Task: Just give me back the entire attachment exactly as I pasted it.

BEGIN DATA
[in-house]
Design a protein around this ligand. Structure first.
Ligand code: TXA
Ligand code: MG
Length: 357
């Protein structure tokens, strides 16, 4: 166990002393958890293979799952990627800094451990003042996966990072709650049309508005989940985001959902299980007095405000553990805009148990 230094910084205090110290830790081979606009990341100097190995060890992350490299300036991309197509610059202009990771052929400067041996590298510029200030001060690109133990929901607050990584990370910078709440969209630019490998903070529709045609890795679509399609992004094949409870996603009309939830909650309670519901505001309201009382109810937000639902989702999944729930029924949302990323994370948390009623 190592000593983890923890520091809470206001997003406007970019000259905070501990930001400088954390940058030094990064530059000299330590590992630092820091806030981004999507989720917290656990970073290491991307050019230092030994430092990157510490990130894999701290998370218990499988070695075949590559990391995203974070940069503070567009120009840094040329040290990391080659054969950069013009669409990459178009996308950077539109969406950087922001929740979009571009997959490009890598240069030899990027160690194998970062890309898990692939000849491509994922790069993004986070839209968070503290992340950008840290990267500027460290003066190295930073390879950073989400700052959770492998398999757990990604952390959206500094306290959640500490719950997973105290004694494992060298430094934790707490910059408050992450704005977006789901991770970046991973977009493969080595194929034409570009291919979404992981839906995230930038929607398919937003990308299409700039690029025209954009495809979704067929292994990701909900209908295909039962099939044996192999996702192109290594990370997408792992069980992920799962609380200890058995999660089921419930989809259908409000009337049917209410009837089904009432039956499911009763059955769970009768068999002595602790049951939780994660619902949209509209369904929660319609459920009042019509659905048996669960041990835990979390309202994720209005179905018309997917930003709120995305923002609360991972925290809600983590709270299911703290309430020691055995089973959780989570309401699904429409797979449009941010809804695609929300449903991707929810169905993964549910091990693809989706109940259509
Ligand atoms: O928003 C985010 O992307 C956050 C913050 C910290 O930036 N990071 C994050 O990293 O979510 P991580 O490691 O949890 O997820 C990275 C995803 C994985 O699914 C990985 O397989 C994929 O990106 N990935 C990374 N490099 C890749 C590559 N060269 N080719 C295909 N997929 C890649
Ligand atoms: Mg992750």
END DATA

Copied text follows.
[in-house]
Design a protein around this ligand. Structure first.
Ligand code: TXA
Ligand code: MG
Length: 357
């Protein structure tokens, strides 16, 4: 166990002393958890293979799952990627800094451990003042996966990072709650049309508005989940985001959902299980007095405000553990805009148990 230094910084205090110290830790081979606009990341100097190995060890992350490299300036991309197509610059202009990771052929400067041996590298510029200030001060690109133990929901607050990584990370910078709440969209630019490998903070529709045609890795679509399609992004094949409870996603009309939830909650309670519901505001309201009382109810937000639902989702999944729930029924949302990323994370948390009623 190592000593983890923890520091809470206001997003406007970019000259905070501990930001400088954390940058030094990064530059000299330590590992630092820091806030981004999507989720917290656990970073290491991307050019230092030994430092990157510490990130894999701290998370218990499988070695075949590559990391995203974070940069503070567009120009840094040329040290990391080659054969950069013009669409990459178009996308950077539109969406950087922001929740979009571009997959490009890598240069030899990027160690194998970062890309898990692939000849491509994922790069993004986070839209968070503290992340950008840290990267500027460290003066190295930073390879950073989400700052959770492998398999757990990604952390959206500094306290959640500490719950997973105290004694494992060298430094934790707490910059408050992450704005977006789901991770970046991973977009493969080595194929034409570009291919979404992981839906995230930038929607398919937003990308299409700039690029025209954009495809979704067929292994990701909900209908295909039962099939044996192999996702192109290594990370997408792992069980992920799962609380200890058995999660089921419930989809259908409000009337049917209410009837089904009432039956499911009763059955769970009768068999002595602790049951939780994660619902949209509209369904929660319609459920009042019509659905048996669960041990835990979390309202994720209005179905018309997917930003709120995305923002609360991972925290809600983590709270299911703290309430020691055995089973959780989570309401699904429409797979449009941010809804695609929300449903991707929810169905993964549910091990693809989706109940259509
Ligand atoms: O928003 C985010 O992307 C956050 C913050 C910290 O930036 N990071 C994050 O990293 O979510 P991580 O490691 O949890 O997820 C990275 C995803 C994985 O699914 C990985 O397989 C994929 O990106 N990935 C990374 N490099 C890749 C590559 N060269 N080719 C295909 N997929 C890649
Ligand atoms: Mg992750």